Monday, June 21, 2010

Sunny Days Are Here Again

Finally, some good news!

I had my 11 week prenatal appointment, and everything is looking good. Heartbeat, measurements, etc. All wonderful. Whew! The baby looked more active than I remember LL being at this stage. Isn't it a bit early for in-utero gymnastics? Also, the baby kind of looked like a frog, but it was probably the weird angle. Expect "Frog" to be the baby's blog nickname for a while. NT exam is in less than two weeks, when we'll get an even more detailed look, but I'm finally breathing easy for now.

Dr. M's assistant asked how the GD stuff was going, and I let everything out. The uncertainty over the diagnosis, the miserableness of the nurse appointment, the inability to get questions answered. If possible, she was even more angry about it than me, and insisted that I repeat everything for Dr. M. And then of course Dr. M reminded me why I love him so much. He's going to speak to the head of the department about an "anonymous patient," and file a complaint himself. And he agreed that the diagnosis was a little iffy, but said that he wasn't actually able to do anything about it, because once GD is diagnosed, all care related to the GD becomes the responsibility of the endocrinology department. Then he expressed outrage that they weren't actually doing their job, as far as answering my questions and treating me with respect. I repeated all of my unanswered questions to him, and he gave me a referral to have a consult with an actual endocrinologist, instead of one of the nurses, so that I can get some answers. And I really really appreciate that he admitted that he didn't know the answers to my questions instead of just blowing me off like the nurse did.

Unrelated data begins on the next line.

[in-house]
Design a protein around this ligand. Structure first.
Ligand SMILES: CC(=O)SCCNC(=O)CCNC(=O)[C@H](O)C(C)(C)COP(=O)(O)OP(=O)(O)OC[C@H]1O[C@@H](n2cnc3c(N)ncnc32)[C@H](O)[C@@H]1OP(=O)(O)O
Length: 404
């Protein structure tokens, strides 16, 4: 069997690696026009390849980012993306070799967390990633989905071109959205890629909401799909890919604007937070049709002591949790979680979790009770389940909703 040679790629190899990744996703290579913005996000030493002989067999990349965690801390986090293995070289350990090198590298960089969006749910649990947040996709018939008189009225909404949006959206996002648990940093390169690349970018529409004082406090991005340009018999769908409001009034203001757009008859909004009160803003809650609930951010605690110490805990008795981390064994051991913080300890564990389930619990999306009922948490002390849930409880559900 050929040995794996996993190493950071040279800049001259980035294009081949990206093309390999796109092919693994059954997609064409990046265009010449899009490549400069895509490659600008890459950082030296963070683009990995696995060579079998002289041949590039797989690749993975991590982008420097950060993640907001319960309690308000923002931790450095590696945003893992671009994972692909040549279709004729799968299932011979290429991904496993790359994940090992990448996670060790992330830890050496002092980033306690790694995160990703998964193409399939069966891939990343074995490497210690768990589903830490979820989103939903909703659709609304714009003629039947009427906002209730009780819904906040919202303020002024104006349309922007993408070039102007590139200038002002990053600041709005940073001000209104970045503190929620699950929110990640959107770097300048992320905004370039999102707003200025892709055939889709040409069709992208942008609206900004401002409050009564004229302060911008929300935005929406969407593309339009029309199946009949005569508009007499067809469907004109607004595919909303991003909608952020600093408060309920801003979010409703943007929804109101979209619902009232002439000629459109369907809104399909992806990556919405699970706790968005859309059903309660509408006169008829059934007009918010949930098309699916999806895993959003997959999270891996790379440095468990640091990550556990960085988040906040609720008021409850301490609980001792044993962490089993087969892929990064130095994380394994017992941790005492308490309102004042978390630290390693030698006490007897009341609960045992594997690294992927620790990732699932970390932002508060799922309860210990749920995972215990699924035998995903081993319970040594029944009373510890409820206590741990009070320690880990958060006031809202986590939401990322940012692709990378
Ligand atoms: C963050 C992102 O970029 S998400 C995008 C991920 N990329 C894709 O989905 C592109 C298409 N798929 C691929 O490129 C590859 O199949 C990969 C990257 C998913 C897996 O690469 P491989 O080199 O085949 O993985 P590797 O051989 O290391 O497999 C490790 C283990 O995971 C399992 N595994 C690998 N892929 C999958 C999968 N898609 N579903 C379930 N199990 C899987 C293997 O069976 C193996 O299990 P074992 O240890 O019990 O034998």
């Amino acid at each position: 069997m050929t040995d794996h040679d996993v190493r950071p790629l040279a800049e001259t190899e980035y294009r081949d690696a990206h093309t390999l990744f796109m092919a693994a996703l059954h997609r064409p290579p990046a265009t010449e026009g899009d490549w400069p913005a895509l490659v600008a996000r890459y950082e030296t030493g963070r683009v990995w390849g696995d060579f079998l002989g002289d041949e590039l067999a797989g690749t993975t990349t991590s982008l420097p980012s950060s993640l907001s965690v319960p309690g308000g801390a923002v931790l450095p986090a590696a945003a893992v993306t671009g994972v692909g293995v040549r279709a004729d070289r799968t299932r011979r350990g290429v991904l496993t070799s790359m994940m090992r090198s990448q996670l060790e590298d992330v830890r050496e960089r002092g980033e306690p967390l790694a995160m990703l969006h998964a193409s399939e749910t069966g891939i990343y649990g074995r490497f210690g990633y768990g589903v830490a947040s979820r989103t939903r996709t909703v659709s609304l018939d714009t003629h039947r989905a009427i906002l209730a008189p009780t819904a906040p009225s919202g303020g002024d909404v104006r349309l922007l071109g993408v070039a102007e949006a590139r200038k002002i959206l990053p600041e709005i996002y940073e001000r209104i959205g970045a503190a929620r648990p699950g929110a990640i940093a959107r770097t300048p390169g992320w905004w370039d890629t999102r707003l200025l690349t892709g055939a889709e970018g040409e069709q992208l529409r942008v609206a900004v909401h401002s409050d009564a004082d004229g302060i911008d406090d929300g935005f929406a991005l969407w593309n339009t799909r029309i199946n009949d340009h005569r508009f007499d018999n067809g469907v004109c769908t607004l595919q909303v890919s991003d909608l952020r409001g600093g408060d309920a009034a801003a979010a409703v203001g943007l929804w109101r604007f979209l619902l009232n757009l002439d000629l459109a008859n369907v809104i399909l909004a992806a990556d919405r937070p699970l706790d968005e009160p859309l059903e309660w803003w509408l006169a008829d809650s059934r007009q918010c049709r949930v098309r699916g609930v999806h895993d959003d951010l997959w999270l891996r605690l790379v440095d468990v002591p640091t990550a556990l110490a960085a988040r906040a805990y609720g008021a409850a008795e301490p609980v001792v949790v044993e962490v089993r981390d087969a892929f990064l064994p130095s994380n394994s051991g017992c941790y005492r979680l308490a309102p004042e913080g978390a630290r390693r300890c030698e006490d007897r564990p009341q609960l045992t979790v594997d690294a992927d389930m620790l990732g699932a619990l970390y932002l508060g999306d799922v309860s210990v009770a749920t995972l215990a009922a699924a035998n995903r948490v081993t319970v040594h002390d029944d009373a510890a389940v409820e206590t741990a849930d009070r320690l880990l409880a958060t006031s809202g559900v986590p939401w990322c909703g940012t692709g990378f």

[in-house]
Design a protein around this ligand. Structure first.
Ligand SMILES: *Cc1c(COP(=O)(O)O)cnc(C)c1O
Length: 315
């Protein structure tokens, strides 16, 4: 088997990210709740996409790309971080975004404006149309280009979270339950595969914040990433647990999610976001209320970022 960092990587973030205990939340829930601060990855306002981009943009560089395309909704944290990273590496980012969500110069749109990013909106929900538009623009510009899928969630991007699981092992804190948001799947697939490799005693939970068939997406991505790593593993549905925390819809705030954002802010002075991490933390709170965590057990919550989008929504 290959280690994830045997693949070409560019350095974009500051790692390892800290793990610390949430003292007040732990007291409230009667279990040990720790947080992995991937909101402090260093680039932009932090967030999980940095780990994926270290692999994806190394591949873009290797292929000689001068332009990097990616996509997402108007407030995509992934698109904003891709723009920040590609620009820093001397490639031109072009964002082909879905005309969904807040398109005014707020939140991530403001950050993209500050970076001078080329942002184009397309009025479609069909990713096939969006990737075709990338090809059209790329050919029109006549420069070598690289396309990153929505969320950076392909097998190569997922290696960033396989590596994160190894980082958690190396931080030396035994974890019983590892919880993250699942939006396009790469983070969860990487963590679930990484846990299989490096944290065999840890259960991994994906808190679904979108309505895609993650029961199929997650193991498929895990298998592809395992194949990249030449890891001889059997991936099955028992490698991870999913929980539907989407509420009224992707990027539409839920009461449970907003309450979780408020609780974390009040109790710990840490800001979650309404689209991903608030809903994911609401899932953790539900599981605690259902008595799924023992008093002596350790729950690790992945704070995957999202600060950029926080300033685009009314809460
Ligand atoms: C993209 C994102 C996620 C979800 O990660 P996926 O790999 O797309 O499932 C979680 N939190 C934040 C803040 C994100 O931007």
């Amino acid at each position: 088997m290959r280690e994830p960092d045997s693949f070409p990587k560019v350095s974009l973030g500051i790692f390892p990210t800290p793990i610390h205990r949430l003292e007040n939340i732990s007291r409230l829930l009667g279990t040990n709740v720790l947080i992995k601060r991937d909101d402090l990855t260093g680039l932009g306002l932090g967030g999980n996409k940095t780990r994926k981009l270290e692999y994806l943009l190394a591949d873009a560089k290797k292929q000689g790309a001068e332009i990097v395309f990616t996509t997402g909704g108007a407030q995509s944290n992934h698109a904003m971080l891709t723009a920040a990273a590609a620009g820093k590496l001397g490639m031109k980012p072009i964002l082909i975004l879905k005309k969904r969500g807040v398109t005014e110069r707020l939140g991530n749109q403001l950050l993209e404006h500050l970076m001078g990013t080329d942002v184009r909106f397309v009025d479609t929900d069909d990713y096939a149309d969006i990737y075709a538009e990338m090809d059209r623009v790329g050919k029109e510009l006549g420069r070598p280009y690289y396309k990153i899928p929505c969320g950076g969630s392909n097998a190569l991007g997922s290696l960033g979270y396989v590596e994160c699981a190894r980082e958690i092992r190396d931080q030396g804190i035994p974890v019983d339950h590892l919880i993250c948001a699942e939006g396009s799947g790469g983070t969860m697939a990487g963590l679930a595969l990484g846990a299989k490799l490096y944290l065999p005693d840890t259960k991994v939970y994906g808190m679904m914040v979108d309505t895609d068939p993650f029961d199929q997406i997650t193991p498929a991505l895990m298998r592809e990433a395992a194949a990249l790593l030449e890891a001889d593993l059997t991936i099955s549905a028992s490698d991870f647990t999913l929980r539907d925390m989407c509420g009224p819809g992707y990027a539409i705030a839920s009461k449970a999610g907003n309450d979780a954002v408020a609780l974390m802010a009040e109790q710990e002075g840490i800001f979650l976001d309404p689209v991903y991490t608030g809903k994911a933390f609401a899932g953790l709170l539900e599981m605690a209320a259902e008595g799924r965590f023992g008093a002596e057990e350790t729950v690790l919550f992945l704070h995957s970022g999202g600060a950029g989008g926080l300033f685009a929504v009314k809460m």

The number one question is going to be whether it makes sense for me to retake the three hour glucose test. I mentioned the GD diagnosis to my physical therapist, who had some interesting things to say on the matter. She asked if my back was bothering me on the day that I took the test. My back was fine initially, but I had to sit in uncomfortable waiting room chairs for three hours without moving, and at that point I couldn't sit for more than an hour without feeling pain. By the end of the test, my back was killing me. Here's some biochemistry that I never knew: when you're in pain, your body releases extra cortisol, which blocks insulin and artificially elevates blood sugar levels. Which goes pretty far in explaining my weird test results, in which my fasting sugar levels were normal, my one hour results were normal, my two hour results were normal, and my three hour results (the one for which my back was killing me) showed that my sugar levels had stopped dropping, causing me to fail this last test. Interesting.... Dr. M agreed that I should probably retake the test and see if the results are different, but unfortunately, he's not allowed to make that call -- I need the endocrinologist to do it. We'll see what she says.

And in a final bit of good news, I have "graduated" from twice weekly physical therapy to just once a week. My back is definitely getting better, and I often go days without feeling any pain. My back definitely gets fatigued faster than it used to, and there are still some things that I can't do very well (like crouching over a tub to give LL a bath) but it's getting there.

Ah, the feeling that things are finally falling into place!


  1. so happy things are looking better!

  2. That's fantastic that something might be done about this stupid GD thing. And I wouldn't necessarily recommend it now, but don't forget that you have the right to refuse to do these stupid things. That might make things more difficult though.

    If they do make you retake the three hour test, see if they'll let you sit in the non-stress test room. They gave me a non-stress test while I was having the one hour test (I didn't have to go on to the three) and that was way more comfortable than sitting in the waiting room.

    Say hi to Frog for me. That is an awesome nickname.

  3. Oh my gosh, I somehow didn't connect how early they diagnosed you. You should definitely have a chat with the endocrinologist because ... GD is supposed to be caused by the placenta/baby stuff messing with insulin (as opposed to insulin resistance which is just your body being off) and ... I'd be shocked if there's enough 'baby stuff' in there at 11 weeks to cause GD. I was told it should get progressively worse as the baby grows, and the fact that mine didn't suggests it was all insulin resistance (this is also why you can have GD with one preganncy and not the next, it depends on the baby's hormones whereas insulin resistance you will always be positive).


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